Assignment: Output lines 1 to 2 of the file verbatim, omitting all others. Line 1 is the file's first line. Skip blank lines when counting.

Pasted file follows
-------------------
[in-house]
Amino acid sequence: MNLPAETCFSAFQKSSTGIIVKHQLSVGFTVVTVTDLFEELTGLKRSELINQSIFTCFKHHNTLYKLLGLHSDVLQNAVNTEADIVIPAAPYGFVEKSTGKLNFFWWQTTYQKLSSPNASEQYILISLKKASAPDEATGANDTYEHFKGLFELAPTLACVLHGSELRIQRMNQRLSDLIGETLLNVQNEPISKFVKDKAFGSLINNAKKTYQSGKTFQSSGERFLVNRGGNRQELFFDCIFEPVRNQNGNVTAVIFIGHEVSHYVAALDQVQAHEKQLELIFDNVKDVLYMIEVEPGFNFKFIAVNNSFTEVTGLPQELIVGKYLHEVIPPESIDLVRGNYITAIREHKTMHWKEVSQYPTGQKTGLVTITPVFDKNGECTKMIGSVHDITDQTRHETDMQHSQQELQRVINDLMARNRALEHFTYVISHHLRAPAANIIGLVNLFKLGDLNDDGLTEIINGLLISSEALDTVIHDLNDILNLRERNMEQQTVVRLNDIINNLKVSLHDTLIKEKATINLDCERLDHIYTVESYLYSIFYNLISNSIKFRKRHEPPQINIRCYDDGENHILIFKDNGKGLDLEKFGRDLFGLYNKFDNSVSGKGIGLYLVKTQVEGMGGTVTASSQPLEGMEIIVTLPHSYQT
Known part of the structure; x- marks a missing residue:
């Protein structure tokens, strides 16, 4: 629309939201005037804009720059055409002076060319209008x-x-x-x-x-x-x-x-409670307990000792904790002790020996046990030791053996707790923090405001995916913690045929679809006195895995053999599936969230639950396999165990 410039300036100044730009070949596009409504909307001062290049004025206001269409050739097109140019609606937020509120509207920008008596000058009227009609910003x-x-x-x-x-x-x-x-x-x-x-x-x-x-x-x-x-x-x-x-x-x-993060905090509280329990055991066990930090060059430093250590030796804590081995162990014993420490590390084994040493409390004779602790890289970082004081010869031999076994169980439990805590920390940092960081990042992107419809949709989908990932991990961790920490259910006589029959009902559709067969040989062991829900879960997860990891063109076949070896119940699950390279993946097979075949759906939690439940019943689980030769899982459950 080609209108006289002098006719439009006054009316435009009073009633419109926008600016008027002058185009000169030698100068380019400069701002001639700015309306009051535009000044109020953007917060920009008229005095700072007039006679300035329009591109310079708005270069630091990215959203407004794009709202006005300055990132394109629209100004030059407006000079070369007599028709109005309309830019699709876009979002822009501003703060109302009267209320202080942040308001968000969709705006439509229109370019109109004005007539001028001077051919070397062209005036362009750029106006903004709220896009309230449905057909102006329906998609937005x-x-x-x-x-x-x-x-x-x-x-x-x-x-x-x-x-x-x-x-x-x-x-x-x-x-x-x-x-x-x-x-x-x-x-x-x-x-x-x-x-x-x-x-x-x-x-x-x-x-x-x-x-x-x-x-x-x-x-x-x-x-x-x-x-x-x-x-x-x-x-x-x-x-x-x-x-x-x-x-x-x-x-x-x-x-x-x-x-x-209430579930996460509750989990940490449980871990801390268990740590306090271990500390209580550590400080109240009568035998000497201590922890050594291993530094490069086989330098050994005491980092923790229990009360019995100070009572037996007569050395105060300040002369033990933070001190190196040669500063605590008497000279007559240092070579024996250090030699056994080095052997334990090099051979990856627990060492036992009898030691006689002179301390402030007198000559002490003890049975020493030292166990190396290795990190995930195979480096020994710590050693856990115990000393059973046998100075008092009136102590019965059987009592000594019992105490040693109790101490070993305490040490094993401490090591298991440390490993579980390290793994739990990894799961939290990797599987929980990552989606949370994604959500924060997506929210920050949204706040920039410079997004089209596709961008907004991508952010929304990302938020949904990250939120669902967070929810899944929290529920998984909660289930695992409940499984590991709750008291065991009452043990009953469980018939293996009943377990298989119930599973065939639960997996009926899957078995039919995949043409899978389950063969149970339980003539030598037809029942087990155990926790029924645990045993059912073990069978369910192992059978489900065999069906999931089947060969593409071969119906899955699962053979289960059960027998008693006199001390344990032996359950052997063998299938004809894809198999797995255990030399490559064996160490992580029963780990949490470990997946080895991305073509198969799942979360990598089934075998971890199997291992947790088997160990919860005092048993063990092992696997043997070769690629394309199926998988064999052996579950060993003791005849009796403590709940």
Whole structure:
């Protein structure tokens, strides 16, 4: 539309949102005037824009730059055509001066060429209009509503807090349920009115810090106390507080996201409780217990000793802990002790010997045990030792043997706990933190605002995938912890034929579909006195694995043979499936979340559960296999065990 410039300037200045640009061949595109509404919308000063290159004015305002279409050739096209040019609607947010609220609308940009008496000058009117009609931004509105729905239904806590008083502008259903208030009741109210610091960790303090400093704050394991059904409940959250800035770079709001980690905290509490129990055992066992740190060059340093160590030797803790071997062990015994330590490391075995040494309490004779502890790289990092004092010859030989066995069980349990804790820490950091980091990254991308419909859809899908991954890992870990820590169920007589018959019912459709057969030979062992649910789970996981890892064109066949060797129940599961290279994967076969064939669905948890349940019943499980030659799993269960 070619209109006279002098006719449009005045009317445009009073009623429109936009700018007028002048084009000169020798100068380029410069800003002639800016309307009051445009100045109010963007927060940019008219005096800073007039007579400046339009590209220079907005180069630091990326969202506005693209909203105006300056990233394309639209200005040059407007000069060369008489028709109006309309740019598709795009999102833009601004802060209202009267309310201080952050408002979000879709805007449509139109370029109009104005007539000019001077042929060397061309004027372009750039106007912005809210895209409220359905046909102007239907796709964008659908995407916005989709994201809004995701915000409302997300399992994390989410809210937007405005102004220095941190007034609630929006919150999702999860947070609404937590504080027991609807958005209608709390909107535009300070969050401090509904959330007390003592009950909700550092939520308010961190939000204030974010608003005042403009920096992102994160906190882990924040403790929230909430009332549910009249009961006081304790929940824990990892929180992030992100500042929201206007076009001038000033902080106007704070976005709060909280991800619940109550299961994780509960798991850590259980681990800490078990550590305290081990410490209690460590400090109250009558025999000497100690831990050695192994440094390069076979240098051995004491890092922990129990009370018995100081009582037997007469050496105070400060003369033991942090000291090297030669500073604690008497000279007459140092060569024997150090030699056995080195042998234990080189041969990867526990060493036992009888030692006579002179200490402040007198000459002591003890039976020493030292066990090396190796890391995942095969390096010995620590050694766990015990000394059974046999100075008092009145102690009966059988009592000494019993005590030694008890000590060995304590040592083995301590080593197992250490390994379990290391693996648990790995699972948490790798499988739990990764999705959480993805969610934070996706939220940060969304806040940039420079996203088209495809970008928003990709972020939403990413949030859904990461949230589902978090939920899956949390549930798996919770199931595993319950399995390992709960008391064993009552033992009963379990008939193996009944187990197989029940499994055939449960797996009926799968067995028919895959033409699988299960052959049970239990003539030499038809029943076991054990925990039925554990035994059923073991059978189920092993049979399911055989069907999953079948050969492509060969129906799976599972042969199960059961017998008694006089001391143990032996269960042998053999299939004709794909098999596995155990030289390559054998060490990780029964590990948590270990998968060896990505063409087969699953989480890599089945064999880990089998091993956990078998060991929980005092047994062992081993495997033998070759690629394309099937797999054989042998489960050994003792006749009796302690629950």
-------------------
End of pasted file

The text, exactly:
[in-house]
Amino acid sequence: MNLPAETCFSAFQKSSTGIIVKHQLSVGFTVVTVTDLFEELTGLKRSELINQSIFTCFKHHNTLYKLLGLHSDVLQNAVNTEADIVIPAAPYGFVEKSTGKLNFFWWQTTYQKLSSPNASEQYILISLKKASAPDEATGANDTYEHFKGLFELAPTLACVLHGSELRIQRMNQRLSDLIGETLLNVQNEPISKFVKDKAFGSLINNAKKTYQSGKTFQSSGERFLVNRGGNRQELFFDCIFEPVRNQNGNVTAVIFIGHEVSHYVAALDQVQAHEKQLELIFDNVKDVLYMIEVEPGFNFKFIAVNNSFTEVTGLPQELIVGKYLHEVIPPESIDLVRGNYITAIREHKTMHWKEVSQYPTGQKTGLVTITPVFDKNGECTKMIGSVHDITDQTRHETDMQHSQQELQRVINDLMARNRALEHFTYVISHHLRAPAANIIGLVNLFKLGDLNDDGLTEIINGLLISSEALDTVIHDLNDILNLRERNMEQQTVVRLNDIINNLKVSLHDTLIKEKATINLDCERLDHIYTVESYLYSIFYNLISNSIKFRKRHEPPQINIRCYDDGENHILIFKDNGKGLDLEKFGRDLFGLYNKFDNSVSGKGIGLYLVKTQVEGMGGTVTASSQPLEGMEIIVTLPHSYQT